Bed Check

Callie is a sweet, gentle, lovable gal. She is a Staffie mix after all. She gives us almost no trouble at all and so she has earned the right to be a full-time, free-range house dog — except when we leave the property for an extended period of time. But that’s not Callie’s fault.

Josephine likes to play rowdy. If I’m here I can monitor that and shut it down before anything gets torn up. When I’m not here, she and Blondie sometimes knock into things, moving furniture around a bit, but rarely tear anything up. If Callie gets into the mix, Callie likes to play tug-o-war. Dog beds are handy tug toys because all three can pull on it at once. That leads to tearing. Tearing leads to stuffing poking out. Stuffing poking out gets everyone excited about pulling out all the stuffing. We’ll arrive home again to find an “exploded” dog bed. Not good!

So when Marie and I are both going to be gone a while, Callie gets crated. But she doesn’t mind.

Callie likes her “room” so much that she spends time snoozing in there even when she doesn’t have to. It is cushy-comfy and she’s safe from being stepped on or run-over by another dog.

Cochise has decided he likes to sleep in her room too. At first I encouraged him to stay out of there saying, “That’s Callie’s room.”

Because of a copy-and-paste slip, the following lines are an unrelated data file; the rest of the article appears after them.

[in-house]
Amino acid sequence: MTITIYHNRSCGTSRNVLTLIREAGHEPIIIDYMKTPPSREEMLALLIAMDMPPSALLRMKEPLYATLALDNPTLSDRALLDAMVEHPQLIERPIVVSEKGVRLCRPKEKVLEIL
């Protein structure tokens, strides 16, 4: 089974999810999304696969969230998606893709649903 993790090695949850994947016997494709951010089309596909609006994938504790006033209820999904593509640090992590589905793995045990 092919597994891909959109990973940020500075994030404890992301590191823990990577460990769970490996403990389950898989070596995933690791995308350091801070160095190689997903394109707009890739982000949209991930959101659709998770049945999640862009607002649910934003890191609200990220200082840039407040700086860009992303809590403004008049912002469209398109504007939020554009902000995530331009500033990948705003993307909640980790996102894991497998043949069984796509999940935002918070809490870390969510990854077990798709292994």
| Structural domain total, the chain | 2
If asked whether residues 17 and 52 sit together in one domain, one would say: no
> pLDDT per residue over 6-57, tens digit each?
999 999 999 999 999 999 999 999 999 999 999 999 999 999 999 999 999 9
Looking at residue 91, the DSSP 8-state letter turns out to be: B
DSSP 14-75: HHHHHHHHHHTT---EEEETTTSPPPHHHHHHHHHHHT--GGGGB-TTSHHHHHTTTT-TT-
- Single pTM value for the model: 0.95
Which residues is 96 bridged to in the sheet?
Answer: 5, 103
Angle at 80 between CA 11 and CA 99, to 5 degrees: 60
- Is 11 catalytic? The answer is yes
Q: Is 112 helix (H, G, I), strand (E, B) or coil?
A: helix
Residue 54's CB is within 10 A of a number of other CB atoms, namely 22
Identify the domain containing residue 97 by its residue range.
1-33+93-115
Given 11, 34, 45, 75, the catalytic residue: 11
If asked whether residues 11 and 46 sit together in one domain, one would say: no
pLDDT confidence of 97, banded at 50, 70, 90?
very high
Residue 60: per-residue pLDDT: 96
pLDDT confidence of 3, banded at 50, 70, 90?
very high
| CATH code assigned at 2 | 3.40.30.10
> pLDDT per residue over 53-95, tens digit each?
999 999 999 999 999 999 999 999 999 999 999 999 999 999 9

“My room.”

Cochise the talking dog
I’m Seeeick.

I thought about that for a moment and realized that this *particular* crate was indeed Cochise’s way back when he was our first foster dog. He *loved* his room. It may have been the first real comfort he had ever known. And while he was going through a particularly rough treatment for heartworm, it was his sanctuary. Since then we have bought and destroyed several more crates, but I’ve always reserved this one only for the best behaved dogs because of sentimental value. So — okay, yes, this is technically HIS crate. So I let him stay put. Eventually he got thirsty and went to get a drink. Callie was waiting.

She slipped in and pretended to be sound asleep when Cochise got back. He said nothing, but sat glaring at her for the longest time. He grumbled a bit at her, but she pretended not to notice.

Cochise was not going to confront her directly. He has staff for that.

He sent his Assistant Big Dog, Josephine.

“Excuse me, Callie: Cochise would like to rest in that crate. You need to come out.”


“Callie, I said The Big Dog wants to rest in this crate, you need to come out and let him have this bed.”

No movement, no acknowledgment, no sound.

“Doug, can you get her to come out?”

“Hey, as far as I’m concerned that is Callie’s room and she is welcome to snooze there whenever she wants.” I could swear I heard a sigh of contentment from Callie, but she didn’t move at all, feigning sleep: her form of passive aggression.

Cochise humphed at me and strode over by the fireplace.

Josie trotted to him, “I tried Cochise, I really did. She won’t listen!”

The Chief settled onto one of the big dog beds, Josie stepped in to curl up beside him. He glared at her for a moment, then relented, “Oh — alright, come on then.”

“Thanks, Chief. You’re the best boss.”

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